6. Helicity and coherent structures and their relation to non-equilibrium turbulence dissipation in turbulent wakes.
  7. Turbulent dissipation scalings in various types of turbulent wakes.
Left: PIV measurements for the analysis of turbulence inside a mixer with fratal blades. Middle : Examples of flow patterns of normalised instantaneous streamwise velocity in the wake of the two filled square bars at Re=104. Right : Visualization of the enstrophy from a DNS of temporal jet

2. «Effect of the adverse pressure gradient in turbulent boundary layer flows » (3 PhD past and present)

The last 15 years several projects and PhD focused on turbulent bouldary layer flows with pressure gradient. A specific ramp was designed in the EUHIT project (2013-2017) to be mounted in the LMFL wind tunnel.The flow was charaterized for several ramp configurations to vary the pressure gradient. In addition, Direct Numerical Simulations with and without pressure gradient were performed to investigate the effect of the pressure gradient on the large scale structures of the flow.

PIV results in a 3.5m long streamwise plane on the EUHIT ramp in the LMFL wind tunnel (fluctuating streamwise velocity).

3. ANR EXPLOIT (2018-2022)

EXPLOIT (Etude expérimentale des structures dissipatives en turbulence) is a join project with CEA Saclay. Recent advances in mathematical analysis of the equations governing viscous flow seem to indicate that there is a link between the scaling of dissipation in a turbulent fluid and the development of singularities. However very little is known about the dynamics and statistics of the corresponding dissipative structures. The EXPLOIT project aims at providing a characterization of dissipation structures based on an experimental analysis of a model turbulent flow using multi-scale tools and advanced visualization techniques (4D PTV) in a dedicated meter-size turbulent experiment. Highly resolved numerical simulations are also used to complement the analyses and validate the analyzing tools.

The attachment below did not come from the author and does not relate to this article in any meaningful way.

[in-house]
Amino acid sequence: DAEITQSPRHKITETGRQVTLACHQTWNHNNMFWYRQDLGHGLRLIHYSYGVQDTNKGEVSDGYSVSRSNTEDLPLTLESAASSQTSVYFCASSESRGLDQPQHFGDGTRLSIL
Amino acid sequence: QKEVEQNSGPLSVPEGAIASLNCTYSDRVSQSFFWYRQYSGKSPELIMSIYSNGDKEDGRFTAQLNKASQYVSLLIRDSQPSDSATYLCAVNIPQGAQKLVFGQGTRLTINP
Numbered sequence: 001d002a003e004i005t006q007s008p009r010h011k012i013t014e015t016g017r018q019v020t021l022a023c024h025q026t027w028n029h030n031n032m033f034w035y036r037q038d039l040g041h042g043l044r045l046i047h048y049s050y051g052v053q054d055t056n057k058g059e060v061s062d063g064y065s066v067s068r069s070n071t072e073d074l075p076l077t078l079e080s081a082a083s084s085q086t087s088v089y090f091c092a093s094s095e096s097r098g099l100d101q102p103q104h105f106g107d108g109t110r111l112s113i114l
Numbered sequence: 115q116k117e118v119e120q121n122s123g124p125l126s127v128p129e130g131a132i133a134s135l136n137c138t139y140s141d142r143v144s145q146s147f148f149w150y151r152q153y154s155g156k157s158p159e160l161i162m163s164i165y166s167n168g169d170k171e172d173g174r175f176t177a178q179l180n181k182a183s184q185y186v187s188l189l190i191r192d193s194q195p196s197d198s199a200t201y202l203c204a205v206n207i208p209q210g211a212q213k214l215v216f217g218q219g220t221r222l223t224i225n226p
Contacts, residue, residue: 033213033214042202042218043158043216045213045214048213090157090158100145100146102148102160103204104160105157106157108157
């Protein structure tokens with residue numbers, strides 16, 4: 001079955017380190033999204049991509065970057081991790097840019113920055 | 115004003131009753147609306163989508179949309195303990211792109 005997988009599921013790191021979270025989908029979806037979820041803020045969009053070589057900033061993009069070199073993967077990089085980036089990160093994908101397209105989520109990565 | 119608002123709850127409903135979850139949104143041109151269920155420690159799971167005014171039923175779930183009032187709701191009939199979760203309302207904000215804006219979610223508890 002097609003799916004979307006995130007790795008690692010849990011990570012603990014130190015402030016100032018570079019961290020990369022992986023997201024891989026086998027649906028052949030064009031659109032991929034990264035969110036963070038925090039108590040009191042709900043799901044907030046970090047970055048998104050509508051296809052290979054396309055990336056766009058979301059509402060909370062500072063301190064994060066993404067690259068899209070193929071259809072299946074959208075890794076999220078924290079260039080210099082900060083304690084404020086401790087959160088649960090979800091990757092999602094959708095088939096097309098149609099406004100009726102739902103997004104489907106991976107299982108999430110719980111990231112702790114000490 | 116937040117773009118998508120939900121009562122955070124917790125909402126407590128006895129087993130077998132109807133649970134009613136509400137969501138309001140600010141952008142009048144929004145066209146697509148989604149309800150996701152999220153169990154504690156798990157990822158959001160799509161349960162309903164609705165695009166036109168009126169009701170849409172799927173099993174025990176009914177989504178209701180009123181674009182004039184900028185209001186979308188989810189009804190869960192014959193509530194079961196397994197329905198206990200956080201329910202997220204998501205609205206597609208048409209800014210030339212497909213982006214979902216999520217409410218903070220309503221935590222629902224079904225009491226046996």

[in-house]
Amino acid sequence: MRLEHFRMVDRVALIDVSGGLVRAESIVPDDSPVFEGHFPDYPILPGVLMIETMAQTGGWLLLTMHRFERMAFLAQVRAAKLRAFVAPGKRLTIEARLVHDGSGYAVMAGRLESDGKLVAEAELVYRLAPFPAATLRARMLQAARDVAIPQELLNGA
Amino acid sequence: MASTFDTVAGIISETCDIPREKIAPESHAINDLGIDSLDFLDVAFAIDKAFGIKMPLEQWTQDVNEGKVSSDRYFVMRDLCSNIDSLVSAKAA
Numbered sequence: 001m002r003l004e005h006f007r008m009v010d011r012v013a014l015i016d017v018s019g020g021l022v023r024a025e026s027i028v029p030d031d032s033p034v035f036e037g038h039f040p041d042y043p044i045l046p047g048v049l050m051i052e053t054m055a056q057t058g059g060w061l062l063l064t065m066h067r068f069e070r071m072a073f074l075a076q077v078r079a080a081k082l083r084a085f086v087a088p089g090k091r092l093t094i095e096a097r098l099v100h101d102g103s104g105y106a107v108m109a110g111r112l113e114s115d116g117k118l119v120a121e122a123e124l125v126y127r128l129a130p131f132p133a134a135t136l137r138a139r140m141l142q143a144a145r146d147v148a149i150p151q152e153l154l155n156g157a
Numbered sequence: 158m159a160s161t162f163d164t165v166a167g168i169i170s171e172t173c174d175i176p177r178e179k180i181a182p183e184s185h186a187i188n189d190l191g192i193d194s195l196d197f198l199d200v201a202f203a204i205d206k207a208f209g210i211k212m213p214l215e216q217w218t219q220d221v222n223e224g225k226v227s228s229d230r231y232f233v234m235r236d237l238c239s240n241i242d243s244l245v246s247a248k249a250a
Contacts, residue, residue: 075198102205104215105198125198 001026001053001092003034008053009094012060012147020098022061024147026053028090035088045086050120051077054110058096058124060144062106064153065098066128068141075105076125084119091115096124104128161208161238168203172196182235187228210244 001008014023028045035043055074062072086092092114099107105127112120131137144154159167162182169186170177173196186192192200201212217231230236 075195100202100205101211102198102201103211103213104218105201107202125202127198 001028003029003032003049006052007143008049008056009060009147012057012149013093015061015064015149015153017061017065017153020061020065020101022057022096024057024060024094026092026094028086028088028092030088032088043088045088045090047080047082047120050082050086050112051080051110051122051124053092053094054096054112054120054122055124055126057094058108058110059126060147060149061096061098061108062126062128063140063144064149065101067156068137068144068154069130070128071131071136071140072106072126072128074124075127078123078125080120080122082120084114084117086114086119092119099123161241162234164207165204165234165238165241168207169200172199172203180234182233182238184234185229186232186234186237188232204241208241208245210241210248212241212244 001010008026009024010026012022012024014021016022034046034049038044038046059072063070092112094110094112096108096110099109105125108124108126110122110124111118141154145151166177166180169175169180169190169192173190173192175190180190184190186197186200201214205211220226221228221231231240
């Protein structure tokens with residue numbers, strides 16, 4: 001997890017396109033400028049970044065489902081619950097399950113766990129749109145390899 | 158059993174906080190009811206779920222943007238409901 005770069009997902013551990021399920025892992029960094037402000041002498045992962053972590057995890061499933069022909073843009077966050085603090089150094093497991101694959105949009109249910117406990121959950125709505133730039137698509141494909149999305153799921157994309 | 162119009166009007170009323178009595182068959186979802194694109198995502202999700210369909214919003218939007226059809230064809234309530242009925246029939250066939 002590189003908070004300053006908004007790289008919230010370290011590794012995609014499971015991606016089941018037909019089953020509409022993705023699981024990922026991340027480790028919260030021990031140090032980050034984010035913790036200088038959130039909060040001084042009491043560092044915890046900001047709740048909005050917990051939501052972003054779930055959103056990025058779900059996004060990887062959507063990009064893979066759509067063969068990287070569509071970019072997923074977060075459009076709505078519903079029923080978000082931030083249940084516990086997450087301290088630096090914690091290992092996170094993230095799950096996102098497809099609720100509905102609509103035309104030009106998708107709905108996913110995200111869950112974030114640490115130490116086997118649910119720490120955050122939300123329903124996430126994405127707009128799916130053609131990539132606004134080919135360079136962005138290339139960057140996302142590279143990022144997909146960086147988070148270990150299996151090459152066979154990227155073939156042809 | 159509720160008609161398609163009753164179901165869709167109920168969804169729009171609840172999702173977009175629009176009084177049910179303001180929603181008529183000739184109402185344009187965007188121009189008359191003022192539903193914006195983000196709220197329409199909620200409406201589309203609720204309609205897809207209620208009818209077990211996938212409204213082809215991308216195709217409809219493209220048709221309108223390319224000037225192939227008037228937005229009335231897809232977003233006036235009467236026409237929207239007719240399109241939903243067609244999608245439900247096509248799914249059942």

Left : Lagrangian trajectories from PTV measurement in a small 3D volume of a van Karman flow. Right : Streamlines of velocity for a ”roll-vortex” event extracted from a highly resolved DNS of isotropic turbulence (Nguyen et al, 2020)
4. ANR DYNEOL (2018-2022)

DYNEOL (DYNamique de la turbulence sur des profils EOLiens et hydroliens) is a joined project with CORIA, LEGI, and PPRIME laboratories which aims at quantifying the dynamical behavior of the flow around a blade as a function of the turbulent upstream flow. This upstream flow may contain different families of coherent structures, or may feature a mean shear due to the presence of a large-scale boundary layer. The blade itself may be fixed or rotating. Such situations are representative of wind and marine turbine farms. However, these phenomena are not presently taken into account in the global performance models. To investigate the interactions of the upstream turbulence with the blade, an original approach will be followed: high-fidelity optical diagnostics and simulations will be applied to the analysis of the conditioned kinetic energy budget. Both fixed-wing and rotating-wing experiments will be investigated. 2D- and 3D-PIV will be compared to Large-Eddy Simulation results to assess the different approaches and bring insight into such interactions. A PIV measurement campaign will be conducted in the LMFL boundary layer wind tunnel.